Perhaps the most interesting perspective was offered by FOX. It's easy to treat Incognito as a bully and Martin as a victim. That's a safe, uncontroversial position to take. But FOX gave Incognito a public platform, airing an interview with Jay Glazer, and Terry Bradshaw spoke about a "Guilty Until Proven Innocent" approach that we've applied to this (and many other) situations. Here, we got Incognito's side of the story. He gave Glazer his phone, and Glazer found over 1,000 texts between Martin and Incognito, including a recent text from Martin that diverted blame from Incognito. Jimmy Johnson was particularly skeptical of Martin's position, wondering if this wasn't a reaction to on-field struggles, diminished playing time, and concern about his NFL future.

On a Monday radio show, the hosts dismissed Glazer's interview as a softball with no follow-up questions. Former Pro Bowl tight end Chris Cooley wondered about Incognito saying he was Martin's best friend on the team, an idea echoed by Dolphins QB Ryan Tannehill. That doesn't make me think these two were close; it makes me wonder if Martin had any real friends on the Dolphins. The biggest issue, though, was the two big questions Jay Glazer never asked. If Incognito and Martin are buddies, and if this is all a misunderstanding, why is Incognito suspended by the team, and why hasn't Martin come back?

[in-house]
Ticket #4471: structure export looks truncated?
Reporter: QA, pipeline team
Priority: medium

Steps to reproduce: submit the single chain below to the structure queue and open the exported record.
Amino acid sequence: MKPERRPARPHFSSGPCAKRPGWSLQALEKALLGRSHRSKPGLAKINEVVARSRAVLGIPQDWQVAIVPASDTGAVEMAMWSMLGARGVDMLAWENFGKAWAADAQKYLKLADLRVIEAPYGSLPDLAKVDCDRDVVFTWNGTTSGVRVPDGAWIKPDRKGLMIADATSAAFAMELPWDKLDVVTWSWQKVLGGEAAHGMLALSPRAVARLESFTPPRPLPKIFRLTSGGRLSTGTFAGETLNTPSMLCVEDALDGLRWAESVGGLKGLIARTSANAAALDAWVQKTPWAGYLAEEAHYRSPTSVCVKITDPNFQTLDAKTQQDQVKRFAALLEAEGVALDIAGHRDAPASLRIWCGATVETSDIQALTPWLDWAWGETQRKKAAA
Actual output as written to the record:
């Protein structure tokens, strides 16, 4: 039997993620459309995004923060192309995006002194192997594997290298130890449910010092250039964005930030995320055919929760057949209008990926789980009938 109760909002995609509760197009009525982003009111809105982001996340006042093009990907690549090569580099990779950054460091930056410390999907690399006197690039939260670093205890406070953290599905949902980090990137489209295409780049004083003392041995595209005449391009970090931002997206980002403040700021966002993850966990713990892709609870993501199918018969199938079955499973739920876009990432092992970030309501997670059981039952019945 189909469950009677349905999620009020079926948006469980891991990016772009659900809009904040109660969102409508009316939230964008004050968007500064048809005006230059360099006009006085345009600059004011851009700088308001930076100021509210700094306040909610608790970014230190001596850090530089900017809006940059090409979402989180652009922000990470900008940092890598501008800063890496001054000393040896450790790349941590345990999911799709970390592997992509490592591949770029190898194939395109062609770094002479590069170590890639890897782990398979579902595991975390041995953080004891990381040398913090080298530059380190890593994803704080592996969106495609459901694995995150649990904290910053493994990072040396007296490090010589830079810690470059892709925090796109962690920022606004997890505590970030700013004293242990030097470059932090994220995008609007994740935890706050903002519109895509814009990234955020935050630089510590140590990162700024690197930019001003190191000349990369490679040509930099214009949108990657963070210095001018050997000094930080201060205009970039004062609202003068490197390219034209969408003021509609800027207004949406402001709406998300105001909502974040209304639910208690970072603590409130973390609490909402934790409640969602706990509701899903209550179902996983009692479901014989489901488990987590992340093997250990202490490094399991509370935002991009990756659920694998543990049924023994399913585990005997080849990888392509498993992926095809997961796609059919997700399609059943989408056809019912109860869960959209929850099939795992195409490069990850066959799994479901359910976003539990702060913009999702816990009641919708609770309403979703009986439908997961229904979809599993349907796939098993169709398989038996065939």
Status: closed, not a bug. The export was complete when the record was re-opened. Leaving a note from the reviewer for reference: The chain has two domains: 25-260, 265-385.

It's hard to judge a story like this because there's still so much we don't know. Most significantly, we haven't heard directly from Jonathan Martin. For now, my feeling is this ... the Dolphins blew it. If you sign a guy like Richie Incognito, you need to keep an eye on him, not put him in a leadership position. When you take someone with a long history of abusive behavior and give him authority, you let him dictate the atmosphere. It sounds like the Dolphins' locker room culture straddles a thin line between camaraderie and cruelty.

Friendly give-and-take is a normal part of sports culture. You make fun of the bald guy for being bald, you poke the dude who needs to lose a few pounds, you joke about the gap in Michael Strahan's teeth. That's normal. But when a guy doesn't think it's funny, you stop. If the heavy dude is sick and tired of fat jokes and people poking his gut, those things need to stop happening. In Miami, that didn't happen. Incognito acknowledged that in his interview with Glazer, but he shifted the blame toward Martin: why didn't he tell me he was hurting? There's something to that, but it goes against everything we've been told about Miami's locker room culture, especially the subset among those crazy o-linemen.

There are generally two kinds of sensitive people: those who become angry, and those who feel hurt. The angry guys probably fit in with the Dolphins okay, because it sounds like expressing anger and aggression was encouraged in that environment. Besides, if a guy gets really angry, you're going to know about it. But what about a player who feels hurt, who gets sad or depressed? If you create an atmosphere founded on abusive behavior, the sensitive guy who wants to fit in will do his best, so there will be plenty of situations in which he called people names or made inappropriate jokes. Some of those times he probably even enjoyed, because he felt like he was being accepted.